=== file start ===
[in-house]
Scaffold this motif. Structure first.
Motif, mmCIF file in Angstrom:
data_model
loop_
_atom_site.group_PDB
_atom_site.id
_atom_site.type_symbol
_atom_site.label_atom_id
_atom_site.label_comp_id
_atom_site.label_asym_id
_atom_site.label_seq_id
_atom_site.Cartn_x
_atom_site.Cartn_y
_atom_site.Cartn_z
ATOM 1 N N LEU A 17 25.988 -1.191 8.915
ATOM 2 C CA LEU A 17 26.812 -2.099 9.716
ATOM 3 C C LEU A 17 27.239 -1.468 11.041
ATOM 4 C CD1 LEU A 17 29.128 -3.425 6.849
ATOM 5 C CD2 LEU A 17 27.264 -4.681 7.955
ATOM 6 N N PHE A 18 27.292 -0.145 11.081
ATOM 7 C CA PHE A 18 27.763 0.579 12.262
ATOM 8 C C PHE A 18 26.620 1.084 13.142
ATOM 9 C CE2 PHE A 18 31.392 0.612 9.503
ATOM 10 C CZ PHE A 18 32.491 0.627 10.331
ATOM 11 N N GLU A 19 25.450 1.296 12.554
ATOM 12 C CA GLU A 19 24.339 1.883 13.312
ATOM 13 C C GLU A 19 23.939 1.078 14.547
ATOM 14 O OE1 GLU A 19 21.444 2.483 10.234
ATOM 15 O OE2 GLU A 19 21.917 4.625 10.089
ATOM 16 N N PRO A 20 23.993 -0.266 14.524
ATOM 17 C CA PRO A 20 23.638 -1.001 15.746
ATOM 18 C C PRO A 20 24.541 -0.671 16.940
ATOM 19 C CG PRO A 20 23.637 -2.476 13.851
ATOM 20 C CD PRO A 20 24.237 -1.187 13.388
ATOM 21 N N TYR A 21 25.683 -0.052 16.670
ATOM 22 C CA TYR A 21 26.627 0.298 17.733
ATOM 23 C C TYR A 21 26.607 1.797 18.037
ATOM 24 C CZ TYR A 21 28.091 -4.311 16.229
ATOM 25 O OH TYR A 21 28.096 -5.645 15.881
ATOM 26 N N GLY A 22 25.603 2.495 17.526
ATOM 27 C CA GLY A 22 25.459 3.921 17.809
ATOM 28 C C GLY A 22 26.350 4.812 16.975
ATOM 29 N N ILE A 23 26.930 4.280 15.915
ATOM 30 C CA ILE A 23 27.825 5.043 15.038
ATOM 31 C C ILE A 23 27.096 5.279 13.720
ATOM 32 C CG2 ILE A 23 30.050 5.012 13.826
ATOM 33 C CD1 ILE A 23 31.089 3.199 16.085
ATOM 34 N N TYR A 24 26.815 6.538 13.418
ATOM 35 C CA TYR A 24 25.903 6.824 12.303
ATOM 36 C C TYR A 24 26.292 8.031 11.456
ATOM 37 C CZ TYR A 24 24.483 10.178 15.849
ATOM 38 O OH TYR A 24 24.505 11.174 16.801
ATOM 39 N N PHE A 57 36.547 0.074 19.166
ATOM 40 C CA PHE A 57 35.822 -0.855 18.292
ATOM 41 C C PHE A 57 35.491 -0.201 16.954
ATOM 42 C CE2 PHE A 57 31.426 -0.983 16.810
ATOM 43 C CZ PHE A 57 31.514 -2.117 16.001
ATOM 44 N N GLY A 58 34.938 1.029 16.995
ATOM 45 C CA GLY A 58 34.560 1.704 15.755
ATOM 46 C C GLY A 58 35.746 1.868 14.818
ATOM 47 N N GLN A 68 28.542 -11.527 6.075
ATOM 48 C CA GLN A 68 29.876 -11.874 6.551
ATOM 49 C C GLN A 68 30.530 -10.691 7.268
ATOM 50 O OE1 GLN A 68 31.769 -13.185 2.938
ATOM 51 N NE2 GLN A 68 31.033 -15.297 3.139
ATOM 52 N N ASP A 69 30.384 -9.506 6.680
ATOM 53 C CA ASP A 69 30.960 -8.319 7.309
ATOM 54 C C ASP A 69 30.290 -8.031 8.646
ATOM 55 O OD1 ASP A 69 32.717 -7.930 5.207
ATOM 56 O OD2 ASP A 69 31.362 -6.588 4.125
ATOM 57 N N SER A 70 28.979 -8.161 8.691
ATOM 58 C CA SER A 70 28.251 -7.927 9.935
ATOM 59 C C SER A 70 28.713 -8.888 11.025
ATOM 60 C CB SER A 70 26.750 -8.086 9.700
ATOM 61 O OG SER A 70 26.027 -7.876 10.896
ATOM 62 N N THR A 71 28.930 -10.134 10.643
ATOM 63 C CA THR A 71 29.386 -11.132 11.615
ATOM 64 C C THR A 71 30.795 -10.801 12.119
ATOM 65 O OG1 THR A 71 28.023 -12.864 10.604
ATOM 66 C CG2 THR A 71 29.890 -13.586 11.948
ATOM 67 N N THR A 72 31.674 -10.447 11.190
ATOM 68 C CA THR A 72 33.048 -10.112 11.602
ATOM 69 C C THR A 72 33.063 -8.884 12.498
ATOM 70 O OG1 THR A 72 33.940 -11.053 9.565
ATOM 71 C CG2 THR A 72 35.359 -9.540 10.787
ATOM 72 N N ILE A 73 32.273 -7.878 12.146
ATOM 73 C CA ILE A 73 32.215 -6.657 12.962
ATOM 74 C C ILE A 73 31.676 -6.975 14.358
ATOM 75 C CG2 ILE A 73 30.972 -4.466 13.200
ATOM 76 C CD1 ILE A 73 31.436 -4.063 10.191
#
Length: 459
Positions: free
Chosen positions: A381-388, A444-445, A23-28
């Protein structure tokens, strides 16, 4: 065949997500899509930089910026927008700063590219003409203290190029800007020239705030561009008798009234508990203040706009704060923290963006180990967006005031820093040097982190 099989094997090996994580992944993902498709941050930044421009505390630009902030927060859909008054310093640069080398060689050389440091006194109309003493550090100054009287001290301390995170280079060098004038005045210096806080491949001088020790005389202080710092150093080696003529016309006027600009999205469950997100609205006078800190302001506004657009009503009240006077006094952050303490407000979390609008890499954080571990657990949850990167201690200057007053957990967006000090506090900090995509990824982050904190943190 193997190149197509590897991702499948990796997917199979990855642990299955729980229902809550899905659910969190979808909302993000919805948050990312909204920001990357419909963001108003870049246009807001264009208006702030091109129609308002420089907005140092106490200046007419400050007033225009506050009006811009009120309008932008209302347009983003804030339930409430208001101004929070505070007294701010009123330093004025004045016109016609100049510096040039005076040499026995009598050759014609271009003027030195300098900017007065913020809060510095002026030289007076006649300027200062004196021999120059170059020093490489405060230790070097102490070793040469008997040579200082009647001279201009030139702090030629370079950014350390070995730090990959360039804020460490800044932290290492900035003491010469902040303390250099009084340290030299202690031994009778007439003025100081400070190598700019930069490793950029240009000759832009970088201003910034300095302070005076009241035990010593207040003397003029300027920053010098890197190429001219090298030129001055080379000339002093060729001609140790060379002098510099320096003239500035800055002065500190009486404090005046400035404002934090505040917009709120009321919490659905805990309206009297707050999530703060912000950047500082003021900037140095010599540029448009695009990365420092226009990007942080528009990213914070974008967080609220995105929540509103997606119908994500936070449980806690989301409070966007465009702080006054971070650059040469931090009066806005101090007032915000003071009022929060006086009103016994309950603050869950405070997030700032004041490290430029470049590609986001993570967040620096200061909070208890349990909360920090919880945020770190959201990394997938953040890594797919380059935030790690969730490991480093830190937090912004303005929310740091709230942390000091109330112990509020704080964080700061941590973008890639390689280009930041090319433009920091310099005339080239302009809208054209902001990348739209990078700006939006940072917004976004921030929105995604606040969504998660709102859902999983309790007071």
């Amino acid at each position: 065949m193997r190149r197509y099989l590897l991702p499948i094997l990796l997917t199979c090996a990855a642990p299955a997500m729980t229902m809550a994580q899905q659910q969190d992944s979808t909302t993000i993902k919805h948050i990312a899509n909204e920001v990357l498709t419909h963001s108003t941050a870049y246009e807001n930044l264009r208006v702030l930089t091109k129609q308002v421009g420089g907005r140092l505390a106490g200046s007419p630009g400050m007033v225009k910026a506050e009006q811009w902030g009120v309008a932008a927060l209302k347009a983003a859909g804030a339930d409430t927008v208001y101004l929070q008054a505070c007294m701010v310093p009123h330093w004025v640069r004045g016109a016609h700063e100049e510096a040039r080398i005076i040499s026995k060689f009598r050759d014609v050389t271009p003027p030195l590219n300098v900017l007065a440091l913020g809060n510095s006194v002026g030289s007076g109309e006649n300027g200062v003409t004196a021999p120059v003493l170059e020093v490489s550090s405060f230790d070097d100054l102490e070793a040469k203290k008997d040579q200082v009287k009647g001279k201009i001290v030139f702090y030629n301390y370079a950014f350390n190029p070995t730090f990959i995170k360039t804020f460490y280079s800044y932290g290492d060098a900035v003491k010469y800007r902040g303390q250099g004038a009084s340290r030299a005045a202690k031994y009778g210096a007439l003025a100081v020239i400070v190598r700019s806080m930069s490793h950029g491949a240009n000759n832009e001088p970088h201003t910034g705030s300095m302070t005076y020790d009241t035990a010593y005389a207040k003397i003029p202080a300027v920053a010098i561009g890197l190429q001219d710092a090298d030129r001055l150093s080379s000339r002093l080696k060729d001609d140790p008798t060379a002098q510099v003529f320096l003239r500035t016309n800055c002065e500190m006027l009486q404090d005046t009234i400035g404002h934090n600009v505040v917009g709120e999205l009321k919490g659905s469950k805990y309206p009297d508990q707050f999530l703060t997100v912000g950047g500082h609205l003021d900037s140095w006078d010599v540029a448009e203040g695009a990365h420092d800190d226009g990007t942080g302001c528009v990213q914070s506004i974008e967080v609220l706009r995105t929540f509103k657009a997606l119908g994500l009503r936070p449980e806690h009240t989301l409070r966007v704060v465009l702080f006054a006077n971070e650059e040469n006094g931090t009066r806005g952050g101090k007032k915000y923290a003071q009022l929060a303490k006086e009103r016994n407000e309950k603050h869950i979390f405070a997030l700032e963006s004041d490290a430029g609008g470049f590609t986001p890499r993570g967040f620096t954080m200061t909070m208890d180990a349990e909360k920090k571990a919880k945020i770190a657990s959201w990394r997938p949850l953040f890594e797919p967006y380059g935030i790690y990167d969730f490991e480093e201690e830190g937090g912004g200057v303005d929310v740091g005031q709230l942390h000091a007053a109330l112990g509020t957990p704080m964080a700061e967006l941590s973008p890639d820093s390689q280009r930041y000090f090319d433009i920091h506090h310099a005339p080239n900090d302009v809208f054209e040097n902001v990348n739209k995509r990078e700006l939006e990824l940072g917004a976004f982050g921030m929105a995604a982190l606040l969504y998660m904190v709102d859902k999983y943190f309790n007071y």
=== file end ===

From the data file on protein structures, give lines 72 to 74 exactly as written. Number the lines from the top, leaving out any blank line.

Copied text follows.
ATOM 57 N N SER A 70 28.979 -8.161 8.691
ATOM 58 C CA SER A 70 28.251 -7.927 9.935
ATOM 59 C C SER A 70 28.713 -8.888 11.025